We halted at Bomdila for a night during the return journey and then headed to Nameri National Park. Very different from Kaziranga, we were lucky to see both of them in one journey.In case you're planning to go back from Nameri to Guwahati let me tell you it takes around 4 hours. We were given estimates between 6 hrs and 3 hrs and being the paranoid sort who didn't want to miss their flight, we left at the ungodly hour of 4:30AM to reach Guwahati airport more than 2 hours early. And to top it off, our flight got delayed by another 3 hours. Atleast our dog was happy to see us when we got back home, all sulky and tired.A trip to Tawang will show you something different. A side of India that perhaps we aren't used to seeing. It is exciting and much less commercialized than you'd expected. However that being said, I couldn't help but notice that the main employment other than farming in Arunachal seemed to be roadworks. Almost all throughout NH13 which connects Tezpur to Tawang, you see roadwork being done by young women and children. And I was told this job continues even in the monsoon and winters ! Given Tawang's accessibility through only one high-altitude mountain pass, it cannot be easy to live there. The houses are a beauty though ! Since Arunachal is at the border of China, and Tawang is infact quite close to the Indo-China border, there are so many army cantonments set up everywhere. Some of the jawans/soldiers we did talk to truly brought home the fact about how difficult it is to live in these high mountain areas. Extremely polite and civil, these guys are nice enough to give you momo's and tea(courtesy the Indian Army) when you stop at their cantonments for a break. What I took back with me most from this trip was the utmost respect and pride in the Indian Armed Forces. Whatever be their shortcomings, they bear extremely difficult circumstances to keep us safe at night.
From here on we traveled in the valley of the Subansiri river, on the National Highway 229. A helpful conversation with two men traveling from Darjeeling, provided us with the name of a person - a Mr. Tatu - who we could get help from in Ziro. Meanwhile, our journey took us through a river valley with low hills with patches of rhododendron on serrated ridges that abruptly ended in the valleys, some as deep as gorges. Far away, the massifs of the eastern Himalayas loomed, piercing the clouds, and easily visible over the rainforest tree, bamboo groves that we saw lower down in the valley.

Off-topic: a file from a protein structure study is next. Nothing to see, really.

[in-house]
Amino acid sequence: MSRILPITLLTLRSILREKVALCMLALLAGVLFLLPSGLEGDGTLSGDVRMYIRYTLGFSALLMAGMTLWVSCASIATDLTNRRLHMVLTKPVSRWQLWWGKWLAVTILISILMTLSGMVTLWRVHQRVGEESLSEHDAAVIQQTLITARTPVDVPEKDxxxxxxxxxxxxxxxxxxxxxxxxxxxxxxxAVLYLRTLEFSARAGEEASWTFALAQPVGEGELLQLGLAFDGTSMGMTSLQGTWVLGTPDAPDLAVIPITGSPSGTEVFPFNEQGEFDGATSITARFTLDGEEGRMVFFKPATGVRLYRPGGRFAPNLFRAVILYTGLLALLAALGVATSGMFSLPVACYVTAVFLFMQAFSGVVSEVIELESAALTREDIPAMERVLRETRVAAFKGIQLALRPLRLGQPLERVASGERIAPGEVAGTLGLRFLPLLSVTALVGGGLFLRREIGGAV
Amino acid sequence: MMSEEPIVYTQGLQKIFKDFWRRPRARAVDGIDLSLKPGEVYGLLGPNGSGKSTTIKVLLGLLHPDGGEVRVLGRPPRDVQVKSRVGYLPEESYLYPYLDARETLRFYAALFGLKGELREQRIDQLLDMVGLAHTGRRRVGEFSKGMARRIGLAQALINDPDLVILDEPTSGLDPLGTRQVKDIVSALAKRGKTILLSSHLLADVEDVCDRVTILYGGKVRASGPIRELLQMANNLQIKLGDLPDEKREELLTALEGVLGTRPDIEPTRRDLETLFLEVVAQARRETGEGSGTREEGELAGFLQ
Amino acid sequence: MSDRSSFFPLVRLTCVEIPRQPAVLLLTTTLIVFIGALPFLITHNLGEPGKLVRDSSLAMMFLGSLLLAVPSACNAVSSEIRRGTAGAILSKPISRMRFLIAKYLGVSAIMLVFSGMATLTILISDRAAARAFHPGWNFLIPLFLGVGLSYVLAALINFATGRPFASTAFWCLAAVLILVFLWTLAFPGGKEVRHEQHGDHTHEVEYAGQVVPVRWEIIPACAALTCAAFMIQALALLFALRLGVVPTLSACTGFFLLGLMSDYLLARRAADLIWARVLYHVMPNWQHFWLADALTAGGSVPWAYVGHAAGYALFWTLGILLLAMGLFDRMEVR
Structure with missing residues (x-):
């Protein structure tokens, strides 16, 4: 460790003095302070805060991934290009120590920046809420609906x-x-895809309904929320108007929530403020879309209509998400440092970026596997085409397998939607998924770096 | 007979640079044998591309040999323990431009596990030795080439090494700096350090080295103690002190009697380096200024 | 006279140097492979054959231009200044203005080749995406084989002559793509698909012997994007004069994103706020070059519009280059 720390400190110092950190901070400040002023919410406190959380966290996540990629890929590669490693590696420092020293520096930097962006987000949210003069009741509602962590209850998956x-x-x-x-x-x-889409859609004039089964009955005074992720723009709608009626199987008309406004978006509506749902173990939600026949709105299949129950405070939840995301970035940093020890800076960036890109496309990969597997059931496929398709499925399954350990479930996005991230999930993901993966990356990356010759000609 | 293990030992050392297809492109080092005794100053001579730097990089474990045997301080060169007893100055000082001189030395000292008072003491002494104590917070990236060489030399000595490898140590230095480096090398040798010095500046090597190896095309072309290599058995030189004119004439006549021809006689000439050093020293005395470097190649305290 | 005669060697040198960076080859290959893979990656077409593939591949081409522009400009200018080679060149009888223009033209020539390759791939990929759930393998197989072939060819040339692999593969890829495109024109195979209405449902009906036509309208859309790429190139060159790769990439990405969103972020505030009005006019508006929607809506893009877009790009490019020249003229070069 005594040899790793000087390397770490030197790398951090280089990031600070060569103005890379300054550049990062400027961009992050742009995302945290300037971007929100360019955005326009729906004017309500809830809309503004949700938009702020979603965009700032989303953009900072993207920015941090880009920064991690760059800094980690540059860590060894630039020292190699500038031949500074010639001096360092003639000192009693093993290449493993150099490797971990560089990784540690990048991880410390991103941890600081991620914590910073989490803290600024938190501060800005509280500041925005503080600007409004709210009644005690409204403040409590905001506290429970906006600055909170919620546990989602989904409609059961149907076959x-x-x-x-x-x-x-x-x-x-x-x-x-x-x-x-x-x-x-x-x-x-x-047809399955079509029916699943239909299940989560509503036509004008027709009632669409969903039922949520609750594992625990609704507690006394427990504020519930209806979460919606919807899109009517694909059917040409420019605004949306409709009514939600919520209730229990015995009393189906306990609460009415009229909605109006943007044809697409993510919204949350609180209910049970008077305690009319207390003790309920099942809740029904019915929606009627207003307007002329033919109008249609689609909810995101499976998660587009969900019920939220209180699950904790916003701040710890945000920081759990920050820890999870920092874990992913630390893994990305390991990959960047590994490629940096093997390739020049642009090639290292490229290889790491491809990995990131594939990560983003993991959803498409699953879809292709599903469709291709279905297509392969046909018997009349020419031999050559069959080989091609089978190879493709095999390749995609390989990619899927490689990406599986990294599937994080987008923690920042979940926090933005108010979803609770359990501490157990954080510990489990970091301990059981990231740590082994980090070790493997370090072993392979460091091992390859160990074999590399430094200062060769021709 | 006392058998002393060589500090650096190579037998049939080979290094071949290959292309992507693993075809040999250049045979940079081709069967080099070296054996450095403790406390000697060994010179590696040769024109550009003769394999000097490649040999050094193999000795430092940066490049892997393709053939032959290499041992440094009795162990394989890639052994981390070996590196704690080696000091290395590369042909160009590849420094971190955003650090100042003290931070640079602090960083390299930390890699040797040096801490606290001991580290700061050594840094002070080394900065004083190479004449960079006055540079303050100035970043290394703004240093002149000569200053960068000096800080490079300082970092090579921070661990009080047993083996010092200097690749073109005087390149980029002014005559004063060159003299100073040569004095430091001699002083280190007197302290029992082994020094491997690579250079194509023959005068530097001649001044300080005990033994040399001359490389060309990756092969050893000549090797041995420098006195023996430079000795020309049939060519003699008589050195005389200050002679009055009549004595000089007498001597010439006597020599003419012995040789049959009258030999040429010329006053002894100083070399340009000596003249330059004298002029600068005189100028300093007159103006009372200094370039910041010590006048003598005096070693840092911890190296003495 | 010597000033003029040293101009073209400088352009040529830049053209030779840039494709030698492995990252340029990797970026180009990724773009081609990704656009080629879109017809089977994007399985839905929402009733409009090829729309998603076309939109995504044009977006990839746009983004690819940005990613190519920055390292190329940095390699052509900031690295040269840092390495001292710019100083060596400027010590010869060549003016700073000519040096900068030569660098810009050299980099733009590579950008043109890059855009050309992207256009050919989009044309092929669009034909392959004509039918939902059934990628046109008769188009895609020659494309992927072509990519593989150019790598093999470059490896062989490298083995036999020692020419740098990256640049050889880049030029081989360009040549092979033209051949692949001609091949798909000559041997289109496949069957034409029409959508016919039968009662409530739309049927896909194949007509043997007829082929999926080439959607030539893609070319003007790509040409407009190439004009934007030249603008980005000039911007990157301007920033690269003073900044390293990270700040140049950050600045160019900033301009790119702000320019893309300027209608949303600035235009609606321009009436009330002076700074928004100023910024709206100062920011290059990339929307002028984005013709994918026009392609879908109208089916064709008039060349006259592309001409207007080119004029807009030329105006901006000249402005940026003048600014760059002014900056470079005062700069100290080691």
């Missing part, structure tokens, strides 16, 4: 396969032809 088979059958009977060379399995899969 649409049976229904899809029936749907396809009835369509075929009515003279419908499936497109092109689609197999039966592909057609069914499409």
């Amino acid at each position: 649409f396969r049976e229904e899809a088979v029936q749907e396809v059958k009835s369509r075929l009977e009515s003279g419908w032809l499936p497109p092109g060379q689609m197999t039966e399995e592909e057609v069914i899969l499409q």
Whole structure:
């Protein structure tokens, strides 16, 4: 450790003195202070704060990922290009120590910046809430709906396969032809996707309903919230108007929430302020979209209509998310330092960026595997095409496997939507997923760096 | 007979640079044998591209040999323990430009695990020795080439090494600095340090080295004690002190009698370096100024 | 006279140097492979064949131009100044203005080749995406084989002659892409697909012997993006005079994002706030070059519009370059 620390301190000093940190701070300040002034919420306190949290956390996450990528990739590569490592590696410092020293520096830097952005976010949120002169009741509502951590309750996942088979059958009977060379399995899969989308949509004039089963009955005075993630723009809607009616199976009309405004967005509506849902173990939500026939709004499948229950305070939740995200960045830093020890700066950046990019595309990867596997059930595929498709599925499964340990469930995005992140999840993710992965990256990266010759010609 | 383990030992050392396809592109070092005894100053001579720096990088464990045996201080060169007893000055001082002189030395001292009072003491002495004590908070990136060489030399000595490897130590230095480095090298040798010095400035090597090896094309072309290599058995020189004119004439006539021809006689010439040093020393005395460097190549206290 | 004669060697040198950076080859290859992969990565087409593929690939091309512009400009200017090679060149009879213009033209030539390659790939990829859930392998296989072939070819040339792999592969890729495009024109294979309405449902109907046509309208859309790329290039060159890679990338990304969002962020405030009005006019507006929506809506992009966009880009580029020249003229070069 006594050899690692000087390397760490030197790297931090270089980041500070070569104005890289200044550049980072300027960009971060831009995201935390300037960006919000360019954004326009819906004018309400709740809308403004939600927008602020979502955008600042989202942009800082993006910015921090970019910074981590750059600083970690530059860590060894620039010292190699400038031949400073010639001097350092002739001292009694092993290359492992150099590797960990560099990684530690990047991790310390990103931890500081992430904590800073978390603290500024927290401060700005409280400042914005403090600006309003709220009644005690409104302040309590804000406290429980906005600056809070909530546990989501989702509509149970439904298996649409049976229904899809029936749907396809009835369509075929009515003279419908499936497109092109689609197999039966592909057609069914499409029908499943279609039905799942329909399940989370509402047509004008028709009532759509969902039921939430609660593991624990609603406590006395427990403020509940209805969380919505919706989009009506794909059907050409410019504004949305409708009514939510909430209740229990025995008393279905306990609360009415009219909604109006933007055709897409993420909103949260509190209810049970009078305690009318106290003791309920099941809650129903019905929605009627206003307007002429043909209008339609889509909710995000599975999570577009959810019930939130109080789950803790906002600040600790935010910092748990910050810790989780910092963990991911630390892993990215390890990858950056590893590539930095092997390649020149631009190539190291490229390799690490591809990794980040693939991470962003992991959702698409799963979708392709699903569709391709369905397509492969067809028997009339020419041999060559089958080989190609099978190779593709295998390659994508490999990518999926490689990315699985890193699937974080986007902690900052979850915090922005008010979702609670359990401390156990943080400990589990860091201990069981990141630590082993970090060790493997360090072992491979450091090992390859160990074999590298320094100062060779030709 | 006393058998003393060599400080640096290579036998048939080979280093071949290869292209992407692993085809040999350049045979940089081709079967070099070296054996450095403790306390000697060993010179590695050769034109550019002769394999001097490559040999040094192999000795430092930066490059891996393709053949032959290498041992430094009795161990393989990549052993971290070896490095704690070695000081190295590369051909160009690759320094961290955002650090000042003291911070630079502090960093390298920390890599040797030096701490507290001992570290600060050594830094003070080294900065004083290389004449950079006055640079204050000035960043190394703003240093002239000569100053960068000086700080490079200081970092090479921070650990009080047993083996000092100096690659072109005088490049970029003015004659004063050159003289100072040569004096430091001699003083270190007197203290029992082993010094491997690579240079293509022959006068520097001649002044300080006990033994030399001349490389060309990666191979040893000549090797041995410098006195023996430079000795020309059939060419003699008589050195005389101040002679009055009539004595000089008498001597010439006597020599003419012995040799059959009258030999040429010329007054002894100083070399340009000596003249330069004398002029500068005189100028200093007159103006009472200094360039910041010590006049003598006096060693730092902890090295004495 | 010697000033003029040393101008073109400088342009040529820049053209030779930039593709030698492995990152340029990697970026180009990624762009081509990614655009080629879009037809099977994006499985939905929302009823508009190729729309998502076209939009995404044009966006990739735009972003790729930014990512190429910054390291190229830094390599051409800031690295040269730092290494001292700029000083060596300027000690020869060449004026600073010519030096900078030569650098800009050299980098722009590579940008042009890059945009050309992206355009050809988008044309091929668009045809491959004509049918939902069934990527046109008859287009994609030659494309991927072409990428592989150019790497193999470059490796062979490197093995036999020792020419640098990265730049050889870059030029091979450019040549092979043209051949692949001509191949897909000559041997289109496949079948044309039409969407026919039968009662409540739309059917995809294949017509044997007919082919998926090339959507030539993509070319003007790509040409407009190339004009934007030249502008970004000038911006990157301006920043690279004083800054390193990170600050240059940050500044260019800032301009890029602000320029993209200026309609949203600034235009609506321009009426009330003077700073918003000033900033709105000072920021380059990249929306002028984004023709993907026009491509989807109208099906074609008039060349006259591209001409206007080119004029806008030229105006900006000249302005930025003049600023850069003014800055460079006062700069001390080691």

Visit Brahmaputra Ferry (shared ferry or motorboat for Rs10) and Kamakhya Temple. It is among the most beautiful temple despite of its barbaric custom, where a number of animals are sacrificed in. I am religious but totally objects to killing of innocent animals in the name of any religion. If you have a strong heart and ready to see cruelty of human being and can do some change to the society, do visit kamakhya and raise your voice.
Manas National Park
Manas National ParkA treasure trove of a wide variety of flora and fauna, the Manas National Park is a must-visit if you happen to be in Northeast. Situated in Assam, the nearest airport is the Guwahati airport. A perfect place to appease the outdoorsy person in you, there is ample scope for the visitor to enjoy a jungle safari with a chance to stumble upon some of the most majestic animals of the jungle. If you are lucky enough, a tiger is just a leap away from you. Whoa! Do not worry; you will be in safe hands with a guided tour through the jungle. Click as many pictures, close ups or a selfie with the one-horned rhino in the backdrop, you will hardly find a dull moment during your stay in Manas National Park.Things to doFar from the madding crowd of a metropolis, places like these are great to unwind and be in unison with nature. Whether it is the breathtaking views of the mountains or the piercing silence of the jungle, the trip to the Manas National Park is definite going to be etched in your mind.Take a jungle safari and relish your encounter with the Golden Langur, Bengal Floricans and wild elephants or if you are lucky enough, a tiger could just be glaring at you from the distance. This national park is also home to quite a few endangered species of flora and fauna.Capture the majestic sight of the one-horned rhino which could be found here, though sparsely.Sightseeing in areas surrounding the national park should also be on the cards. You will be enamored by the breathtaking beauty of the region.Where to stay in Manas National ParkThe national park is 176 km away from Guwahati, the capital city of the state. However, you can also stay overnight in hotels in the vicinity. Check in to the Florican Cottages and enjoy their hospitality. Gorge on local cuisine if you wish to stay at Musa Jungle Retreat in Manas. Usually the locals are friendly and mind their own business.How to reach:The nearest airport is the Guwahati airport. Trains from various part of India go to Guwahati and the city is well connected to the rest of the country.You can take a conducted tour managed by the Assam Tourism Department. Regular buses run from Guwahati to Manas National Park.